Visiting Amritsar with Kids
We are now headed to the Punjab region to visit Amritsar with kids. This has to be one of the highlights of our Indian tour. There were quite a few activities within the area, and after a rather chilled trip into the Himalayan mountains it was time to get on the road for more exploring.
The only thing I knew about Amritsar before arriving was that we were going to visit the Golden Temple and the Wagah Attari Border closing. I was definitely looking forward to getting back on the warmer Indian plains too.
Arriving in Amritsar
Having read too many horror stories about Indian bus journeys I was glad to be back on the trains. O.k. so there’s a few horror stories about trains too, but they feel a little safer to me!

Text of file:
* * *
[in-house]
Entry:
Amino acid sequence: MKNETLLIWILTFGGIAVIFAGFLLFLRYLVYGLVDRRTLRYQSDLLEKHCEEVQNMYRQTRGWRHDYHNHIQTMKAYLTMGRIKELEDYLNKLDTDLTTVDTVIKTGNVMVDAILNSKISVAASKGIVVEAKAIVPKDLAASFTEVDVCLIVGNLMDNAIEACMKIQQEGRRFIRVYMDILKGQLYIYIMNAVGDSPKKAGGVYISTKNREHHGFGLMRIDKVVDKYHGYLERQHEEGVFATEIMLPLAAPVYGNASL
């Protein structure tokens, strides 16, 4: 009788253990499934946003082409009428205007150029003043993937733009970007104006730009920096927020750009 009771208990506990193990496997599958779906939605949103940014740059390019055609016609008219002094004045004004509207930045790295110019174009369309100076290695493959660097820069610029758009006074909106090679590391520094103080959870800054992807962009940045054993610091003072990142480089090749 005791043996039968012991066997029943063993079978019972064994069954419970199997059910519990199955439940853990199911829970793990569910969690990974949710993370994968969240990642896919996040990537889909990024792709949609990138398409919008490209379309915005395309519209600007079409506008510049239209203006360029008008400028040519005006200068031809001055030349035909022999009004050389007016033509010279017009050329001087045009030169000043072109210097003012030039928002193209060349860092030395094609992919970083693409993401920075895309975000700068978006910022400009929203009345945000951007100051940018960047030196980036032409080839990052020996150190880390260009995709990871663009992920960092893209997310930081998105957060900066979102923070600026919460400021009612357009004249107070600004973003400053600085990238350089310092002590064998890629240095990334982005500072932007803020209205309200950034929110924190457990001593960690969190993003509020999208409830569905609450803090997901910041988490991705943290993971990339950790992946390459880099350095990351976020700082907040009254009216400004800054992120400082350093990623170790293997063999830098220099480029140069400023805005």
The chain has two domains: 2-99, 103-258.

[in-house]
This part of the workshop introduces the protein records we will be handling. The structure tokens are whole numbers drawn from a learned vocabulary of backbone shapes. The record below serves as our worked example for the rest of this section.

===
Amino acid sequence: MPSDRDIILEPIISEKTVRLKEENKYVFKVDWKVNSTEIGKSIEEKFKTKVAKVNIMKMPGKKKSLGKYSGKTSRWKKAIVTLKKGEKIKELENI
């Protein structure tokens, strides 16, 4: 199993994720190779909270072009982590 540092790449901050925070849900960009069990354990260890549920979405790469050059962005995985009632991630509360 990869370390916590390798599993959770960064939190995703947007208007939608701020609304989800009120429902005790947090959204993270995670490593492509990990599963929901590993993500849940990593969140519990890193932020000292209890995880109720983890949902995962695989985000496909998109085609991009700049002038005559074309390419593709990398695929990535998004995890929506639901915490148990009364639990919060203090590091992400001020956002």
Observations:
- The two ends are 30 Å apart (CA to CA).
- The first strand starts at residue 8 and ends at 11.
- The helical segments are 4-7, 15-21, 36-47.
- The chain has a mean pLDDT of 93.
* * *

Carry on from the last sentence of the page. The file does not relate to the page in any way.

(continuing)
However, we had one more little bus journey to Pathankot to deal with first. It also required an overnighter in Pathankot in a dive of a hotel before getting up very early to board our train to Amrtisar. Thank God we only stayed one night!! There were actually no walls in part of this hotel!?
Regardless, we slept – got up early and were on our way. The kids love train journeys as much as me. They have more room to manoevoure and its better to stretch out. Bliss!
The train journey was only a few hours. When we arrived at the train station we were greeted with the usual crowd of Rickshaw drivers looking for business. Keith negotiated with a particular driver but a little tussled and elevated words were spoken as we think someone undercut or stepped on turf. We just kept walking and stayed out of it – just a little girlie spat! ha ha.
In fact on this Rickshaw journey we seemed to have gained another passenger. He was very talkative and Ethan was happily chatting to him and saying to us how lovely he was! And he was, but we know this and were waiting to hear his angle.